A good night for Laguna and Clean Power
On July 13, our city council voted unanimously to move forward and eventually join the 200 other towns, cities and counties in California that have chosen to run on clean electricity. So far, four cities in Orange County have made this decision: Irvine, Huntington Beach, Fullerton and Buena Park. The Board decided to explore the next steps in adopting Community Choice Energy (CCE) and to revisit the issue in November.
Need a quick refresher on CCE? CCE (officially Community Choice Aggregation) was launched in Marin County in 2010 to break Pacific Gas & Electric’s monopoly on providing electricity to taxpayers and to ensure a better mix of renewable energies affordable to the public. At that time, opinion leaders and local officials argued for breaking the strangling monopoly that the fossil fuel industry had on government at all levels. So, they invented a quasi-government Joint Power Authority to buy a cleaner blend of fuels to provide electricity to residents, businesses, and government offices in a group of cities. From the start, CCEs were and remain nonprofit operations that are not beholden to shareholders of investor-owned utilities (IOUs), such as PG&E, Edison, and SDG&E. For both practical and economic reasons, CCEs use IOU transmission power lines and subscribers are billed by utility companies.
How did our Board decide to further explore this option? Under the energetic leadership of board members George Weiss and Sue Kempf, an advisory committee of children in their twenties and twenties fresh out of college and / or graduate school and several older political experts regaled the audience with PowerPoint presentation and testimonial created by staff. on Community Choice Energy which was a tour de force. These presenters not only knew their stuff, but seemed determined to see their ideas distilled into public policy before the worst consequences of global warming became inevitable.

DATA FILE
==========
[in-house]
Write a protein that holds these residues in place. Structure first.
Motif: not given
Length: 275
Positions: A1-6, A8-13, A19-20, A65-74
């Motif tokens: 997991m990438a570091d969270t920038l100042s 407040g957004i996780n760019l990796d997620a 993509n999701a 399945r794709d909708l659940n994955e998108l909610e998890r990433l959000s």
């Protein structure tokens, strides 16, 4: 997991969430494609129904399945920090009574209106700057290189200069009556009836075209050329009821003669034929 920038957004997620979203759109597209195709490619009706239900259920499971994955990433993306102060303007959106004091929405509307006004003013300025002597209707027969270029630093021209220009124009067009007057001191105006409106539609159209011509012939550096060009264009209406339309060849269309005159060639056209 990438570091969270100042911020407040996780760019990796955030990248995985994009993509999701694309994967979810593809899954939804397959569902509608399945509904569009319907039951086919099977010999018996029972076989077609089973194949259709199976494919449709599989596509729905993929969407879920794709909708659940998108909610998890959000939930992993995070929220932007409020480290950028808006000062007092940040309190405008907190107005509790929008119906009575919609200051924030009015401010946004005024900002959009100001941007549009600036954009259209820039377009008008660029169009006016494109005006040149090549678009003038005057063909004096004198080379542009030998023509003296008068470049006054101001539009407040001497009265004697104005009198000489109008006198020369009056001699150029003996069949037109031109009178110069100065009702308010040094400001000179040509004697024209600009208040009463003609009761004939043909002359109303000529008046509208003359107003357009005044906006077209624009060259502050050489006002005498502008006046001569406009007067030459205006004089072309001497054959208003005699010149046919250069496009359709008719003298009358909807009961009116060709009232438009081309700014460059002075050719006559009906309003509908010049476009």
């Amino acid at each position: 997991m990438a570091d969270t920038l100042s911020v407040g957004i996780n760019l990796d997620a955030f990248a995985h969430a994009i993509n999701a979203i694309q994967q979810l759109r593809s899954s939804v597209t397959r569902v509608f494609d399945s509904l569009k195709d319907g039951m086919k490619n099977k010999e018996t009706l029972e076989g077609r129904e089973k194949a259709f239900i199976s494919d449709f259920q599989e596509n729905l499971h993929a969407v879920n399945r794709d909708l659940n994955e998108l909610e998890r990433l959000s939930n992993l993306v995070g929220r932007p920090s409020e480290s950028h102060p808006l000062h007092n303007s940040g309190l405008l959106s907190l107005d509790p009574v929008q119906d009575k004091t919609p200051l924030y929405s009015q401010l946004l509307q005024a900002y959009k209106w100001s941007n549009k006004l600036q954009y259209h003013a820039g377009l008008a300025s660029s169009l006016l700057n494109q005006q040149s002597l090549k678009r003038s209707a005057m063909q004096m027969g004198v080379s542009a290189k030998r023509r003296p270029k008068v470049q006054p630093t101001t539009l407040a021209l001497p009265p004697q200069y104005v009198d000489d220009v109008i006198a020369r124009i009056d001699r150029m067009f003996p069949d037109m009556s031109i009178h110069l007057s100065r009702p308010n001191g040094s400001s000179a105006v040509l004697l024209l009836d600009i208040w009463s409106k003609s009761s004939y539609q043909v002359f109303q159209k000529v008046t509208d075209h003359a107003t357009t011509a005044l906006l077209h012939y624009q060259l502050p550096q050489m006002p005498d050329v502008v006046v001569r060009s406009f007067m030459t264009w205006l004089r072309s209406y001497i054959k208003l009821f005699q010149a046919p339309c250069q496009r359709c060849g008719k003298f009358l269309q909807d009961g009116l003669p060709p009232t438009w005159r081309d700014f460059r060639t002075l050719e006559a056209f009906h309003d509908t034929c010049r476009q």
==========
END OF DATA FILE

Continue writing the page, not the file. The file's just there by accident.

Board members discussed marginal savings on electricity bills of up to 2%, environmental benefits to be gained and their need to learn more about risk management, IOU withdrawal fees , sufficient energy supply, micro-grids in Laguna, staffing and technological concerns, and financial resilience. The Council agreed to explore these issues further by November. That said, Mayor Bob Whelan saw the big picture – the need to move quickly to clean energy given the build-up of carbon in the atmosphere. To his credit, he focused on the environmental benefits by declaring: âThe financial part is marginal, it is the renewable part which is the most beneficial.
As I applaud the entire Council for its decision to move forward with the CEC, for which my wife, Ginger, and I have been advocating for at least two years, although every city in America adopts this energy alternative, the most effective action to fight against the climate crisis will have to occur at the national level and in this decade, warn the scientists. More specifically, the main economists of our country are calling for a carbon price, that is, forcing the fossil fuel industry to pay the costs of their products dangerous to health and the environment. The increase in the price at the pump and the return of the proceeds to taxpayers in the form of dividend checks are supported by a number of economists.
Until the public demands national action, local governments will need to embrace CECs and a myriad of other policies aimed at building a liveable future. The Board meeting mentioned above was an important step in the right direction; it was good for Laguna and clean power.
Tom Osborne is an environmental historian who, with his wife, co-directs the Laguna chapter of the Citizens’ Climate Lobby. E-mail: [emailÂ protected]